First of all, Happy 2017 to you, our dear readers! Regina and I hope you’ll continue to read along as we squee over 200-year-old fashions, tell weird history stories, talk about our books, and generally have fun.
And speaking of reading along...believe it or not (yeah, I’m kinda struggling with believing it myself) the fact that it’s 2017 means we’ll have been writing NineteenTeen posts for ten years come September. I expect we’ll be posting our one thousandth post some time toward the end of the year, which is kind of mind-boggling...but you know, we wouldn’t do this if we didn’t want to. We hope you’re still enjoying reading as much as we enjoy posting.
Since this is a New Year’s celebration post, there are a couple of things I wanted to do...and one of them is to talk about the books we especially loved over the last twelve months. Are there any books with a historical slant, fiction or non-fiction, that you especially enjoyed last year?
My candidate for Most Awesome Historical Book That I Read in 2016 is this one:
The Thrilling Adventures of Lovelace and Babbage: The (Mostly) True Story of the First Computer by Sydney Padua is...well, I suppose that it gets categorized as a graphic novel, but it’s so, so much more than that. According to the introduction, Ms. Padua started it as a bit of a lark, but things soon got out of hand (oh, I so know that feeling...) It’s the imagined adventures of two real people, Victorian inventor Charles Babbage and amateur mathematician and celebrity offspring Ada, Countess of Lovelace (the celebrity part being that she was Lord Byron’s daughter.) The historical part is that Babbage designed what was more or less a steam-powered calculating machine (two of them, actually)...and his friend Lovelace, writing a commentary on the designs, more or less posited what would become today’s field of computer science. In real life, Babbage’s engines were never built and Lovelace died tragically young of cancer...but in Padua’s “pocket universe” they’ve teamed up to use the engines to “to build runaway economic models, battle the scourge of spelling errors, explore the wilder realms of mathematics, and, of course, fight crime—for the sake of both London and science.”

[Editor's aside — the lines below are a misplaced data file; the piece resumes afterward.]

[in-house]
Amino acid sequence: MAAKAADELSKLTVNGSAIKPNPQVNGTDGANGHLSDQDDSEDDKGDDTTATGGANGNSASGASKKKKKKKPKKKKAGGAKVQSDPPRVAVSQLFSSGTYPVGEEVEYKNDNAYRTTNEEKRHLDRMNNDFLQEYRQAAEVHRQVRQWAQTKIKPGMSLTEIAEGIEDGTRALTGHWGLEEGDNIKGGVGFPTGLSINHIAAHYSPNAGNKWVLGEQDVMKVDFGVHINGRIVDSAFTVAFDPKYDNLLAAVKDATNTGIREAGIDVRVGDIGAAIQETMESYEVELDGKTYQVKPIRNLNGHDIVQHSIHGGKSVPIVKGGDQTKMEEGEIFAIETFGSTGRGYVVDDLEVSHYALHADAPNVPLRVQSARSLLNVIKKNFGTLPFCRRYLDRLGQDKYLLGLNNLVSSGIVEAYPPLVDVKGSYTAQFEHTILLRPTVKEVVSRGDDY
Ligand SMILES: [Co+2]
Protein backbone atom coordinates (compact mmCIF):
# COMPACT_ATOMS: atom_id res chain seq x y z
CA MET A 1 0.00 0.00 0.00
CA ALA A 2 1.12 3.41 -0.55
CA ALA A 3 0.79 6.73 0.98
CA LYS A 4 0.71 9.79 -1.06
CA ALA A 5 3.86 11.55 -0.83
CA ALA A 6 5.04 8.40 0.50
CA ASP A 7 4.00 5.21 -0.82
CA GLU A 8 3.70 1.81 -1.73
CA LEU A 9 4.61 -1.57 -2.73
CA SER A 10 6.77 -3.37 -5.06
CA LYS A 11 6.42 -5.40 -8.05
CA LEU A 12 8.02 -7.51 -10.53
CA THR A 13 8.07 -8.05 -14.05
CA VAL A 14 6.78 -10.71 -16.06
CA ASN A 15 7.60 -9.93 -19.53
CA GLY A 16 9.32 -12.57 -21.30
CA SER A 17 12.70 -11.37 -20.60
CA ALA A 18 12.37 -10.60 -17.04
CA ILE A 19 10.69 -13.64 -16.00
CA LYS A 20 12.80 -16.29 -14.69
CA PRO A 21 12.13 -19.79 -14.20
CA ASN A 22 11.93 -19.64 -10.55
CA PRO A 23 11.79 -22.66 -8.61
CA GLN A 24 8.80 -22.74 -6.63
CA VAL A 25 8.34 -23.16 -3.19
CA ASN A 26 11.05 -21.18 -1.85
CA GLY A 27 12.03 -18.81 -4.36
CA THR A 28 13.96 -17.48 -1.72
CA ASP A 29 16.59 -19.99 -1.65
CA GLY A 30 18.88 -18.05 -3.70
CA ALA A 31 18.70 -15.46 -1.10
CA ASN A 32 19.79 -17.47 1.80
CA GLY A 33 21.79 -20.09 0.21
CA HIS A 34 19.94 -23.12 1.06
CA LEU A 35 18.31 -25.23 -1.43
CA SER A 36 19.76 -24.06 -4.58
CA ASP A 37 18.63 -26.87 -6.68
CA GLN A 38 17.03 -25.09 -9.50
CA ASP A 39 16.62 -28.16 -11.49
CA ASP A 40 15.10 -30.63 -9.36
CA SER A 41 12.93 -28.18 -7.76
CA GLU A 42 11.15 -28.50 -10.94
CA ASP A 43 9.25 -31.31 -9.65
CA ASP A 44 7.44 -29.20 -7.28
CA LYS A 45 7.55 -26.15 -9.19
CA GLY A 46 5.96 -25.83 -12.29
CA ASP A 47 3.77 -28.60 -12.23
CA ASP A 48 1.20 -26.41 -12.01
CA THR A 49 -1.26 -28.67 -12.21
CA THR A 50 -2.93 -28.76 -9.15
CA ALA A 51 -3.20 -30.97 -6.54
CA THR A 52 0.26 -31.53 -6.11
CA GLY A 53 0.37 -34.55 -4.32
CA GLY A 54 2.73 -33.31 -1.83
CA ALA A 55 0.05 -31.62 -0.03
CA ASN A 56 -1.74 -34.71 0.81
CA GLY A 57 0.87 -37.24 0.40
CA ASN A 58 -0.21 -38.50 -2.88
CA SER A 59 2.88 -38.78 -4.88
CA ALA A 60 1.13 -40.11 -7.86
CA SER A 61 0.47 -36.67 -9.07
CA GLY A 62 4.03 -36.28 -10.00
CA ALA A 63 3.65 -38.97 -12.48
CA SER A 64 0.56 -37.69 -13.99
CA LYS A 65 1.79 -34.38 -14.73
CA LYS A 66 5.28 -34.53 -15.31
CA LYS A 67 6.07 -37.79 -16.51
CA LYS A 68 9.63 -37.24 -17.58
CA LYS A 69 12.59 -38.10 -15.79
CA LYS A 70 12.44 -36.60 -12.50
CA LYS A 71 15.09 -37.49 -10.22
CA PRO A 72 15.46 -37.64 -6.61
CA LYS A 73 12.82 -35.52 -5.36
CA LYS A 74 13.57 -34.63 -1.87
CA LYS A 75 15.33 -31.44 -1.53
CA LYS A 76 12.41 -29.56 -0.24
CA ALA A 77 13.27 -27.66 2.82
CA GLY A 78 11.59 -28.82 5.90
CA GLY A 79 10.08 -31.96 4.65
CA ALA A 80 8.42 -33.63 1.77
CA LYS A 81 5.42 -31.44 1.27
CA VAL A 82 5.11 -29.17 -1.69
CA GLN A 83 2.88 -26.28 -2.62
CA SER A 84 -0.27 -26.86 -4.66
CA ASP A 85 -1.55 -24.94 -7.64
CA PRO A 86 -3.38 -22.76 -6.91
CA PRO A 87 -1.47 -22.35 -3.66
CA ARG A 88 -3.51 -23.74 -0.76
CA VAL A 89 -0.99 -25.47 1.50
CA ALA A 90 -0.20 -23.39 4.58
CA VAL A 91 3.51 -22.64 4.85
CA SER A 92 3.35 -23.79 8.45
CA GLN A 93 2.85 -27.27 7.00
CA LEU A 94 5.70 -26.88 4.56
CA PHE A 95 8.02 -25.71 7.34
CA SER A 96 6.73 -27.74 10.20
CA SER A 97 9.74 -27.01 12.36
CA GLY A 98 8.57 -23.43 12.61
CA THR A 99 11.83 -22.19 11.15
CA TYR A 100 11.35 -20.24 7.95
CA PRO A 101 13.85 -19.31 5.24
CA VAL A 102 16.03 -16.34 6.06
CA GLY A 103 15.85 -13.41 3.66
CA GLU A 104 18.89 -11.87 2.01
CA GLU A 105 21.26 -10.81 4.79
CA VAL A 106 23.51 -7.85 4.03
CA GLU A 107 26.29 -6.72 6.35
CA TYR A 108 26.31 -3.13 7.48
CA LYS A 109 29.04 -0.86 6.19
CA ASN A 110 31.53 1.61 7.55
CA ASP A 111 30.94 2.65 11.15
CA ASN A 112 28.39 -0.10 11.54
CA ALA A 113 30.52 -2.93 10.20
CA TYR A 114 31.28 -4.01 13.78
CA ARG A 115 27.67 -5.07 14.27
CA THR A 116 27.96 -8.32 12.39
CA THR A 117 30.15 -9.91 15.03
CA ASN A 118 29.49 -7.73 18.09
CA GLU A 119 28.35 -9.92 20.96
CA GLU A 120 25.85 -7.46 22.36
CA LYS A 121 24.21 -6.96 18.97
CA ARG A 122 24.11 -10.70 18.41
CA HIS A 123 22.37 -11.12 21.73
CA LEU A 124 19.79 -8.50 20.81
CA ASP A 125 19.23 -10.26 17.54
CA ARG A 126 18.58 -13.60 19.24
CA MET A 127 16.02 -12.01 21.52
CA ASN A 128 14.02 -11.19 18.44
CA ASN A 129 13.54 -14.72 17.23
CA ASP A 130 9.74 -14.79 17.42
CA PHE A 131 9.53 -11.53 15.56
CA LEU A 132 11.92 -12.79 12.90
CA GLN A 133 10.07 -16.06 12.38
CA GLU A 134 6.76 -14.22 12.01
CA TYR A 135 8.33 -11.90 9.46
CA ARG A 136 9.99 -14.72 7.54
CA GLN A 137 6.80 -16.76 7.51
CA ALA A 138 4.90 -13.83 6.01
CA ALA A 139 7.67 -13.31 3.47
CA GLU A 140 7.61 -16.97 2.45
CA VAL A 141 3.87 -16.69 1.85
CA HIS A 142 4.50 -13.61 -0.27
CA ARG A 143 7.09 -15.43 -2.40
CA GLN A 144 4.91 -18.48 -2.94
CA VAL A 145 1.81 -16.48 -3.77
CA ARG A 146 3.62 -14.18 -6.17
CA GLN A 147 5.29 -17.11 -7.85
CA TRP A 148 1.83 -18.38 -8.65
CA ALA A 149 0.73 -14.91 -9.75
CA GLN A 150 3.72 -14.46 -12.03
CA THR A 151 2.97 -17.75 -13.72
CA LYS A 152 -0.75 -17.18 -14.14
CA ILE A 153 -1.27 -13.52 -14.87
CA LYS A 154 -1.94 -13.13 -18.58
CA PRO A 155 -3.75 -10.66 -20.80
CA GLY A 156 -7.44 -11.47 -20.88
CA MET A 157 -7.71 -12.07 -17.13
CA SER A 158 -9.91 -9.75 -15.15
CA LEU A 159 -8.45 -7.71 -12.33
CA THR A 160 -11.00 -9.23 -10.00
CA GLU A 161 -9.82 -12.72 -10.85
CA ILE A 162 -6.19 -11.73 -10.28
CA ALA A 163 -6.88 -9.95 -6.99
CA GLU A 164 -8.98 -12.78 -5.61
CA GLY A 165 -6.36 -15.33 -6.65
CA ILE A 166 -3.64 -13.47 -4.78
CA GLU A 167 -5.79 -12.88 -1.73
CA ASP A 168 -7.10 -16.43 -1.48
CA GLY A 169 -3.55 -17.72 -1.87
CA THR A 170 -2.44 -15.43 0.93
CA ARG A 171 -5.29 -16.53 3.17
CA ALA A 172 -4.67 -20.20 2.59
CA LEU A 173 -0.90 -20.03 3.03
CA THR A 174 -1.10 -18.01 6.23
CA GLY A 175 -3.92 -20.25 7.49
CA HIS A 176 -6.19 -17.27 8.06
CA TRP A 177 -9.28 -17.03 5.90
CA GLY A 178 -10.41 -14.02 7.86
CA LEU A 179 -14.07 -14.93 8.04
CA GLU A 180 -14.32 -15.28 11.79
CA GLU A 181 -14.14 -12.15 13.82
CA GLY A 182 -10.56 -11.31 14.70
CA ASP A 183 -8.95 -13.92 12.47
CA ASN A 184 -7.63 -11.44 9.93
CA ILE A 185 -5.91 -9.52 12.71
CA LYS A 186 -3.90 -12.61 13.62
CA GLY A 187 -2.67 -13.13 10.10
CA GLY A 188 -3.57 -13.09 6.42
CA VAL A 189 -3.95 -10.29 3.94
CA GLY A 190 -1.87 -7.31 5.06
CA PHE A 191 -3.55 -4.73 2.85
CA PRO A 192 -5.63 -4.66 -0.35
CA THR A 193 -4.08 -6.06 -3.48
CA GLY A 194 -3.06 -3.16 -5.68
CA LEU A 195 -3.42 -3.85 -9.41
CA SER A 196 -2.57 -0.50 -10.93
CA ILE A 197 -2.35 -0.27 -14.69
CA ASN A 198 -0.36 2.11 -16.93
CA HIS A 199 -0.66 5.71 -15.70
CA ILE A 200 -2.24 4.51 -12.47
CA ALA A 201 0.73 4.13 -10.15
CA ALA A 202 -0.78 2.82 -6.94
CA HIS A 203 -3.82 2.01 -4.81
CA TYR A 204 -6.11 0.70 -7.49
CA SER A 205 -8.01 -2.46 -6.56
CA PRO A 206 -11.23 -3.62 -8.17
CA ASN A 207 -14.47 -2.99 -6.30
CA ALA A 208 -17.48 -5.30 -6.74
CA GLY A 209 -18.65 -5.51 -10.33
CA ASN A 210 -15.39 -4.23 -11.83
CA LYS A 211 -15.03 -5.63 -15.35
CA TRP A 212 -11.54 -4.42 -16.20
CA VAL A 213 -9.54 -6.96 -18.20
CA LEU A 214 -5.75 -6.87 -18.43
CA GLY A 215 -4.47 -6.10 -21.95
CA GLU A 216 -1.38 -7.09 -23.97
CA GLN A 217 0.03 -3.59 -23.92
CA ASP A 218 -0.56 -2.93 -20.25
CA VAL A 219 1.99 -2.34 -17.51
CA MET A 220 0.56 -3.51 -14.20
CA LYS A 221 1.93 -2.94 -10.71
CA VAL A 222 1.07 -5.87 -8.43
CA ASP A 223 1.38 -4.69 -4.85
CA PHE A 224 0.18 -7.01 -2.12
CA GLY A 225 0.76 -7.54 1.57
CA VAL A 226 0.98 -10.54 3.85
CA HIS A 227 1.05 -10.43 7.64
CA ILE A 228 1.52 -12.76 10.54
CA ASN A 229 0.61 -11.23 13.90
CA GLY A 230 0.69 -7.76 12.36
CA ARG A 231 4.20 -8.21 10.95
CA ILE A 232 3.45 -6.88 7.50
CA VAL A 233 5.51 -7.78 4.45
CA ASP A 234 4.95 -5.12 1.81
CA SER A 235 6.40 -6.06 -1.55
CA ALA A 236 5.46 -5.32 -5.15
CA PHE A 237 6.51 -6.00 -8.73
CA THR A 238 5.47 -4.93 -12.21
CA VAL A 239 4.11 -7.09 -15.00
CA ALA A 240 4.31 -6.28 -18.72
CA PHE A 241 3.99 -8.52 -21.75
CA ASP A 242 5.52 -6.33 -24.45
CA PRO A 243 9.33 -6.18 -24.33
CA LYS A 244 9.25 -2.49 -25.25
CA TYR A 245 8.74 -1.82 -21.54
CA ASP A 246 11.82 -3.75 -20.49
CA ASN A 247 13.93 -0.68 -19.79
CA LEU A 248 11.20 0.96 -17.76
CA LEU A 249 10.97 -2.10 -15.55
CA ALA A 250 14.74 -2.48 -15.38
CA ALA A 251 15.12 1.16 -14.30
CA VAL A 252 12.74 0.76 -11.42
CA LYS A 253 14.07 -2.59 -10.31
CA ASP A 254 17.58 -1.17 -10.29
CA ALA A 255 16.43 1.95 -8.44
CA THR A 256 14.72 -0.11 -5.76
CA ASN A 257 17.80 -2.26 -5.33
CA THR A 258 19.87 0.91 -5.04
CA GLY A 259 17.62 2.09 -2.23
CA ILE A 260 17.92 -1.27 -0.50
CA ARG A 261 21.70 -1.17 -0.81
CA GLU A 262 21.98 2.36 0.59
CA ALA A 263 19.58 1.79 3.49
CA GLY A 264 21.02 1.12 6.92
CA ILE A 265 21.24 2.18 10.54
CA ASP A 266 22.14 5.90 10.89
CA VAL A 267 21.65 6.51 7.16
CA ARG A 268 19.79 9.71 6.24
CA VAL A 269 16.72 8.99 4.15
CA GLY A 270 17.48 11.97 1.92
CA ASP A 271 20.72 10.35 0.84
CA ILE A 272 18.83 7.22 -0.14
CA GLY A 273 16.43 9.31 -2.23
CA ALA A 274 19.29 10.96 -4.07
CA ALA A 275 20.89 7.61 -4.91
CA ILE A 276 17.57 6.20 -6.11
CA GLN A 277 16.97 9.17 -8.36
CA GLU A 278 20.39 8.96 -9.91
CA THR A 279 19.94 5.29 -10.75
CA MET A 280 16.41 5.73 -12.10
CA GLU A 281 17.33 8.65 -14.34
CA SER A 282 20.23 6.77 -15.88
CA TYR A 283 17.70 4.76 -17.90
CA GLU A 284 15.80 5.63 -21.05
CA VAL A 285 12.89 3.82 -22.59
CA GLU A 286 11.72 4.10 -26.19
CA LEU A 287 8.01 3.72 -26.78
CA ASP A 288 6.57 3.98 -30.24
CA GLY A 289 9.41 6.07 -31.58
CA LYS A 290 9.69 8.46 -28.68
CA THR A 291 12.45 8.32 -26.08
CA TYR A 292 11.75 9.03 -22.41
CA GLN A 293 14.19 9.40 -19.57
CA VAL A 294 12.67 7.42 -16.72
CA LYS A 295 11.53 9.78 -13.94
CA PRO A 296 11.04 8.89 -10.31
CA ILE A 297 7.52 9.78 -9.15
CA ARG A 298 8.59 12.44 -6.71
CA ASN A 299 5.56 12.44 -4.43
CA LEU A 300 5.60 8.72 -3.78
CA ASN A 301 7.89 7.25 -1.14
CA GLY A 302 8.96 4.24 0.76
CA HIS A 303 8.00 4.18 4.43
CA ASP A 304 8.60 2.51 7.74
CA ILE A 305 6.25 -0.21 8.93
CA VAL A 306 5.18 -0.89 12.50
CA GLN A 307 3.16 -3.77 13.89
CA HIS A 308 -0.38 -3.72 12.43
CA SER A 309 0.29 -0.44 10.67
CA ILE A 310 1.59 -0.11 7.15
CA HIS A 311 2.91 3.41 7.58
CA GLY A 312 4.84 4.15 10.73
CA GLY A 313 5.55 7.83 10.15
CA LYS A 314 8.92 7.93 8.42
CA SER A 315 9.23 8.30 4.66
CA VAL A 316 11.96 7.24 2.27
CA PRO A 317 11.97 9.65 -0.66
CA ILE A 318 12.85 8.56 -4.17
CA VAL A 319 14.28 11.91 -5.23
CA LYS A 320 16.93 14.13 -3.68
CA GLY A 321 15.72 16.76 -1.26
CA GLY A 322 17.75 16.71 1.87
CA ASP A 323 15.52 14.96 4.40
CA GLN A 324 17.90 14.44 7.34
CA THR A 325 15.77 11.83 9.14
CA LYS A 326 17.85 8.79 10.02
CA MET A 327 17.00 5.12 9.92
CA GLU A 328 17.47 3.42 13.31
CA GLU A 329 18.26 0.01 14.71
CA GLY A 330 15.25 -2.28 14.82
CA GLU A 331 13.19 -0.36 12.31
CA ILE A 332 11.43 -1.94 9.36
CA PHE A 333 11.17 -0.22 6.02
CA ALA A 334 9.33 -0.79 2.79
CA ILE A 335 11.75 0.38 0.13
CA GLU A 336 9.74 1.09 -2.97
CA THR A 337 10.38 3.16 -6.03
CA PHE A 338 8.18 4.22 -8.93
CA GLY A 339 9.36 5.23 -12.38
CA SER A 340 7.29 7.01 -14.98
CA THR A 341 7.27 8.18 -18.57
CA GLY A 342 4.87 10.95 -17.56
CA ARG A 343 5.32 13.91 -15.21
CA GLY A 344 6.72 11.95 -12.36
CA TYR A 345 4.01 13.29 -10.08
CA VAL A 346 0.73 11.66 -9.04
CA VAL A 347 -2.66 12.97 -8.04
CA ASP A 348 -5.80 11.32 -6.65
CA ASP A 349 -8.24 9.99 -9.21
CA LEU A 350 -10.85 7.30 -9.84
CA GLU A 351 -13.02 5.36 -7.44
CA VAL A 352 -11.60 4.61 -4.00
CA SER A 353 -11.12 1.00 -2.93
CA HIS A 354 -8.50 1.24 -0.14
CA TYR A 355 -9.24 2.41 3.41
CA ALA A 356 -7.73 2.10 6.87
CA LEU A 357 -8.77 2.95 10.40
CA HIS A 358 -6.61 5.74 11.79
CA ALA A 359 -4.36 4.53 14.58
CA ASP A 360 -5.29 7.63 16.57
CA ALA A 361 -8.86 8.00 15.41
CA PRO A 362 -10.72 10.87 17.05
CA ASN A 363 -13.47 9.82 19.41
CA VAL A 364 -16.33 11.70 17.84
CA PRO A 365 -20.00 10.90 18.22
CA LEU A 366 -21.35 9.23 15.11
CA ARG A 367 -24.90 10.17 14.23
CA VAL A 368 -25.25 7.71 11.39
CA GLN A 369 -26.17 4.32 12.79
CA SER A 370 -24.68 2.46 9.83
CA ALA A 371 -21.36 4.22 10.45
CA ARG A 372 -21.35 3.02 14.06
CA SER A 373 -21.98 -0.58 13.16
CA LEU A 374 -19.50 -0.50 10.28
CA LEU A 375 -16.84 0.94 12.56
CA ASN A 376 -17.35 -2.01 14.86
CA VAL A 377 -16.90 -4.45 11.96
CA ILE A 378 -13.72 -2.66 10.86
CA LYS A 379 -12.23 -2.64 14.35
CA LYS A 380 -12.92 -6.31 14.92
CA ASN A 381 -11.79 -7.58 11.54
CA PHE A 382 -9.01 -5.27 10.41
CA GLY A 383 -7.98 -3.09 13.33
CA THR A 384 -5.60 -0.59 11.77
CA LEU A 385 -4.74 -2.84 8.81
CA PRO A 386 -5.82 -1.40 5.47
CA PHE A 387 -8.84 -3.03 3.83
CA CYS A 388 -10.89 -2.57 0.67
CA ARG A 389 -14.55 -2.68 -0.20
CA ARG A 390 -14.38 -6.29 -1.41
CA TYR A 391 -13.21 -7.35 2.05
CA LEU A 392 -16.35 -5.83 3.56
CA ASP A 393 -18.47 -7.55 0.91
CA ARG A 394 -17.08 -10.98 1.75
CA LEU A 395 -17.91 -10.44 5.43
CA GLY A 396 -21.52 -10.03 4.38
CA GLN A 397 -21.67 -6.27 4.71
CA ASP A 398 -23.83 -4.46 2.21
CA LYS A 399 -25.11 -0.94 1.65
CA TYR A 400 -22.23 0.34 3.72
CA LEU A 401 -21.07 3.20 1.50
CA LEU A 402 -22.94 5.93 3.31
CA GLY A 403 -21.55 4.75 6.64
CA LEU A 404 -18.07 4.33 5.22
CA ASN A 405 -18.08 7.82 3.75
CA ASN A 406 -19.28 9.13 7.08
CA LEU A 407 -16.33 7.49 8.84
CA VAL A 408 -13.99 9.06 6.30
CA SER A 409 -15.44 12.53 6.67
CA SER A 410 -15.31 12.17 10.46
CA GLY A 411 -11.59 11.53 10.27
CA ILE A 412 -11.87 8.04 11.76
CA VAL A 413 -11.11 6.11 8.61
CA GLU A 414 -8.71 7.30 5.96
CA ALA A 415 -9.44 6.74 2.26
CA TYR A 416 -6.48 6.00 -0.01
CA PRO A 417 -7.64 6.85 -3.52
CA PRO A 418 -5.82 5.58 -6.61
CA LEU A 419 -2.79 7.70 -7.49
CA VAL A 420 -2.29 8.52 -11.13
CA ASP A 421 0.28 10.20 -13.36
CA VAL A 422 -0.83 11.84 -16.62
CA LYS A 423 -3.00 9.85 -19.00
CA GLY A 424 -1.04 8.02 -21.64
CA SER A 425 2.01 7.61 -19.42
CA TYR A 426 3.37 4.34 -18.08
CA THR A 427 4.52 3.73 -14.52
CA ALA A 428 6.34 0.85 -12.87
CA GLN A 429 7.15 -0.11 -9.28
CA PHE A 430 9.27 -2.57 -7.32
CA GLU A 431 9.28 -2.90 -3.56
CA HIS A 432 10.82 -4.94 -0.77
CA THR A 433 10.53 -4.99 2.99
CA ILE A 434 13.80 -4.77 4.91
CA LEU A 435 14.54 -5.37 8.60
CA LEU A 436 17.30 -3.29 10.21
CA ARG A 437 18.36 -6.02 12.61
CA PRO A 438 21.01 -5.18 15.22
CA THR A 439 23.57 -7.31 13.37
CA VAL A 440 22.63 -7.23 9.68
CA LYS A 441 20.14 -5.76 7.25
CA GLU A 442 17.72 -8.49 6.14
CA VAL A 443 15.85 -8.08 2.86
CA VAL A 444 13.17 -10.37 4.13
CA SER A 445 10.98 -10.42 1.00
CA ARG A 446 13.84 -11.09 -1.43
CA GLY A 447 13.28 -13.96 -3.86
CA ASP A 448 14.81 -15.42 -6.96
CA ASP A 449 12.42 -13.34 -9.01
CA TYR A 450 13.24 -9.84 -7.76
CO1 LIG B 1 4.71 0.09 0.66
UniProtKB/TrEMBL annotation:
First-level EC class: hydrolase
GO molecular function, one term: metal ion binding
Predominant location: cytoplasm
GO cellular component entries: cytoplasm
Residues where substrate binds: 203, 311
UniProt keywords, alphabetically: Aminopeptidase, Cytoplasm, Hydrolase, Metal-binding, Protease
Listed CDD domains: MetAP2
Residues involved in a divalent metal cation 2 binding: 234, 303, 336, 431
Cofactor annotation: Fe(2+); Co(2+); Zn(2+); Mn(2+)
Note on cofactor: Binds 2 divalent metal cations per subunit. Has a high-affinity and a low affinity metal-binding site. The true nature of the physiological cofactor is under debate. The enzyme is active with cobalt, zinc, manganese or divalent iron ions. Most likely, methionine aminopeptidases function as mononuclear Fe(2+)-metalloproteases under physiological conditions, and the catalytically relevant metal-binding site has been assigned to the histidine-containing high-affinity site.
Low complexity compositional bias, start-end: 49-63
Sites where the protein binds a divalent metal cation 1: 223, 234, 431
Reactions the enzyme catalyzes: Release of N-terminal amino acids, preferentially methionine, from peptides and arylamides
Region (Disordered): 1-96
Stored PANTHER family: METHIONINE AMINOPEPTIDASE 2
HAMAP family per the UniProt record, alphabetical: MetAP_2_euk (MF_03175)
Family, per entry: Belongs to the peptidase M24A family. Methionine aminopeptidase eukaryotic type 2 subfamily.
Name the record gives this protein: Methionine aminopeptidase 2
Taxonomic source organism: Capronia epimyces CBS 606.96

There’s so much to love here—the illustrations are glorious and historically correct (omg, the clothes are right, and so is the Duke of Wellington’s nose!) The story-telling is witty and erudite but never stuffy (I totally want this illustration of Isambard Kingdom Brunel on a t-shirt for my engineer husband and son), but it’s also real and human—Lovelace and Babbage aren’t cardboard figures, but brilliant and funny and in many ways, tragic. If you have the least interest in technological history or science fiction or the Victorian era or or or...read this book!
And in the “Other Things that Require Celebration” department, may I present this: a new cover for By Jove, being re-released next month from Book View Café. Gotta say, I'm in love with it. Look for more news about By Jove in February.
Now, dear readers, what's your news? Please tell us about your favorite 2016 book, or what you're bookishly looking forward to
this year...and keep reading!
(Fireworks image courtesy of noppasinw at FreeDigitalPhotos.net)